DesignInquiry’s international team of Ghost-Drawing-and-Writing Experts — Anita Cooney, Denise Gonzales Crisp, Emily Luce, Arzu Ozkal, and Gail Swanlund — have extensive experience designing, producing, and operating machines, tools, and apparatuses that engage ghosts and facilitate their drawing and writing. These means of expression and communication are usually installed at bona fide haunted venues.
In October, 2014, the team brought their enterprise to the Gamble House in Pasadena, California — the elaborate Craftsman style home designed by Greene & Greene Architects in 1908. Part of Machine Project’s Field Guide to the Gamble House residency, the GDWE Team hosted an interactive session for human/ghost drawing collaborations. Some Gamble House caretakers suspect that family member and long-time resident Aunt Julia might still occupy the home, originally built for David Gamble (of Procter & Gamble) and his wife Mary.
The session took place on the topmost floor, “The Attic,” initiated by an open invitation from the Team that asked ghosts, should they be listening, to visually communicate and express themselves. Professor of Architectural History Gabrielle Esperdy, a project consultant, noted “if the house has been so meticulously restored and fixed in a particular historical moment, it is undoubtedly filled with ghosts. They are the only ones who can walk on the carpet.”
It was essential that the ghosts not feel pressured to draw, as some ghosts just aren’t into it. Equally, the Team did not expect the ghosts to make themselves known. The Team was heartened during the planning stage, however, to learn from Kate Luce, Special Communications Expert and another project consultant, that a few ghosts were in fact looking forward to trying out the tools, to the extent that they would likely invite other ghosts from nearby houses who might have a connection with the Gamble House’s Family Day visitors.
The Team set forth to create a variety of machines, tools, and apparatuses that they hypothesized might inspire etheric beings to participate, and that might make drawing and writing easier for them. The inventions were informed by the expertise of JeanAnn Guetter, Occupational Therapist. She advised the Team that without a Formal Strength Assessment, (FSA), it would be difficult to anticipate ghost capabilities, especially their ability to manipulate physical matter with any dexterity.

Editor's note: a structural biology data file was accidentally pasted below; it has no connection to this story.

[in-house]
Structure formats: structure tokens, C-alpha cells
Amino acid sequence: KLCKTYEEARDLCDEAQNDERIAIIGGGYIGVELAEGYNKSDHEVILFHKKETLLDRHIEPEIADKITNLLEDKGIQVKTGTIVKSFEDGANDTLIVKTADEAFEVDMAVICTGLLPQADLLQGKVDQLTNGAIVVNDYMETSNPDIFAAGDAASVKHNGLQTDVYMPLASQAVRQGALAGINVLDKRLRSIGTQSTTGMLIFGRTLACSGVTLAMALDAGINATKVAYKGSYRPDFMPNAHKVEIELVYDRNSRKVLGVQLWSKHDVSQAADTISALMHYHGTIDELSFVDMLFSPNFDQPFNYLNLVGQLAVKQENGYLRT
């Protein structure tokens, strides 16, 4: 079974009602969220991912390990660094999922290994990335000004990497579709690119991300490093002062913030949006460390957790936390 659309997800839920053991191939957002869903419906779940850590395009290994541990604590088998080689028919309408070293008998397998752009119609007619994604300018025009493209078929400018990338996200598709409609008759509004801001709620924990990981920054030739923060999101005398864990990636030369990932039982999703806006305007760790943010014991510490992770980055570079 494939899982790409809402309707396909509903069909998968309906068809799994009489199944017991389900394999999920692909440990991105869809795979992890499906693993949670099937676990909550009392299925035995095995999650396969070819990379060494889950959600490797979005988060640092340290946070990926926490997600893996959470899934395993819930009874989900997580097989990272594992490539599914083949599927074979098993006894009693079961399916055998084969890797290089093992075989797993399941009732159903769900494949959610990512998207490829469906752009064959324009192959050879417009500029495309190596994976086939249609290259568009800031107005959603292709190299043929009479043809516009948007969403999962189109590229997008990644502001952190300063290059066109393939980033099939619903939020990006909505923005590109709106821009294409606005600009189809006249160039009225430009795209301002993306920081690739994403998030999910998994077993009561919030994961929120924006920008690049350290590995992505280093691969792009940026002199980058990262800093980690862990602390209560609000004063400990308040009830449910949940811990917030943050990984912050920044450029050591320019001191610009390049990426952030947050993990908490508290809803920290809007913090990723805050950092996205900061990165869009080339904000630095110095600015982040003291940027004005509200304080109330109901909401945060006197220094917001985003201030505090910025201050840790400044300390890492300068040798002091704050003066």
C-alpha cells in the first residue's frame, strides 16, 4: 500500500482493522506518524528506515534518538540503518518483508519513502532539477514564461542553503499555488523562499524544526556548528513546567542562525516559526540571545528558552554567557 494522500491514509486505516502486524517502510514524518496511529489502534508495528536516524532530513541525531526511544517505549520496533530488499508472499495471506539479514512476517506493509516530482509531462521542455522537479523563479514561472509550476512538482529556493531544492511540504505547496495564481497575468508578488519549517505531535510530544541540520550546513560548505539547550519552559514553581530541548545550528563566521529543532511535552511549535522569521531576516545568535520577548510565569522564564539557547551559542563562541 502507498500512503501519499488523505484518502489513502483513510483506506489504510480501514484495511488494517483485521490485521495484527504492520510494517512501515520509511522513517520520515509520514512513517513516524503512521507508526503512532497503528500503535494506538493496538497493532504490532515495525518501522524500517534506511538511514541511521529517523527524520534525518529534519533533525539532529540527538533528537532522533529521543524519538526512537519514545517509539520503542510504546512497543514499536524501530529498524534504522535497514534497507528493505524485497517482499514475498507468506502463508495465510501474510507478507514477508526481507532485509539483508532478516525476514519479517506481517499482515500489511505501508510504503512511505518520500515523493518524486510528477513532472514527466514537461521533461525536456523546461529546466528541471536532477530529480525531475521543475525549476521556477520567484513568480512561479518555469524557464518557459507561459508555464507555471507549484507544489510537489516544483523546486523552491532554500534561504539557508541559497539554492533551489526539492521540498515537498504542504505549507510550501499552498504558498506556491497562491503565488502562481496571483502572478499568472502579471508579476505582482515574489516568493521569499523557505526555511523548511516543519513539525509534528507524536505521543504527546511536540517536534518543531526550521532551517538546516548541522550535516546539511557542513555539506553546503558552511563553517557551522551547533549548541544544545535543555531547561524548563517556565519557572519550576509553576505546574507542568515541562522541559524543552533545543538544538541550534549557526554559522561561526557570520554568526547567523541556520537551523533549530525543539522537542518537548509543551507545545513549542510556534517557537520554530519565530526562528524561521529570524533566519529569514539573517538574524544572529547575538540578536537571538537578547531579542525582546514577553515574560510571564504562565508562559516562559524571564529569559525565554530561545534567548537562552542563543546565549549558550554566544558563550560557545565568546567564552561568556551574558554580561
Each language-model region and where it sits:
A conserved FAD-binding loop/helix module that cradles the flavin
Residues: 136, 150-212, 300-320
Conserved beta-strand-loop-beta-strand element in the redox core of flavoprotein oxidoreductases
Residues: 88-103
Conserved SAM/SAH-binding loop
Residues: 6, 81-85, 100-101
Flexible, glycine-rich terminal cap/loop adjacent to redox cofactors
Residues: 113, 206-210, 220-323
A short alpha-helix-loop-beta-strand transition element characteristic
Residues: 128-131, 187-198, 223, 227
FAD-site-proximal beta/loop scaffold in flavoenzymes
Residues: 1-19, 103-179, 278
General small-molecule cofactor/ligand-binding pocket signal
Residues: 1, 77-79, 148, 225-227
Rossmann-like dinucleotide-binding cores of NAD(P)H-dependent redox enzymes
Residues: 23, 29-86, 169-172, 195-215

With this advice and other information to guide them, the Team designed several tools and machines with the aim of investigating, rather than harnessing, ghostly interests and abilities. For instance, it is well documented that ghosts are particularly attracted to electrical and air currents. Several of the tools, then, employed these phenomena.
The team explored translation and imagination as a tool development method.
Visitors who signed the G(ho)uest Book found empathy with vaporous existence, drawing with a tool that simulates the difficulty ghosts likely experience when they attempt to create earthly marks.
The Team modified the tools and machines on the fly to adapt to circumstances that surfaced during the session, with a modicum of success.
There were opportunities to correspond with ghosts as well.
From the evidence collected — drawings and writing created through visitor interaction with the tools, machines, and apparatuses installed on site — it would appear that the human collaborators did draw with ethereal beings in one way or another. For instance, a drawing of a woman by one visitor strongly indicates that Aunt Julia collaborated to create a self portrait.
Many of the drawings point to a private visual language shared among ghosts.
The Team is in the process of decoding and translating similarities across the drawings, but all appear to be influenced by this same ghostly language.
The Team especially thanks their Spirit Matter Experts (SMEs): Professor of Architectural History Gabrielle Esperdy, Occupational Therapist JeanAnn Guetter, Special Communicator Kate Luce, and Res Ipsa Liqator Rod Sayers.
A sincere and very special thank you to Machine Project, Mark Allen, Elizabeth Cline, and Anne Mallek, Curator at The Gamble House.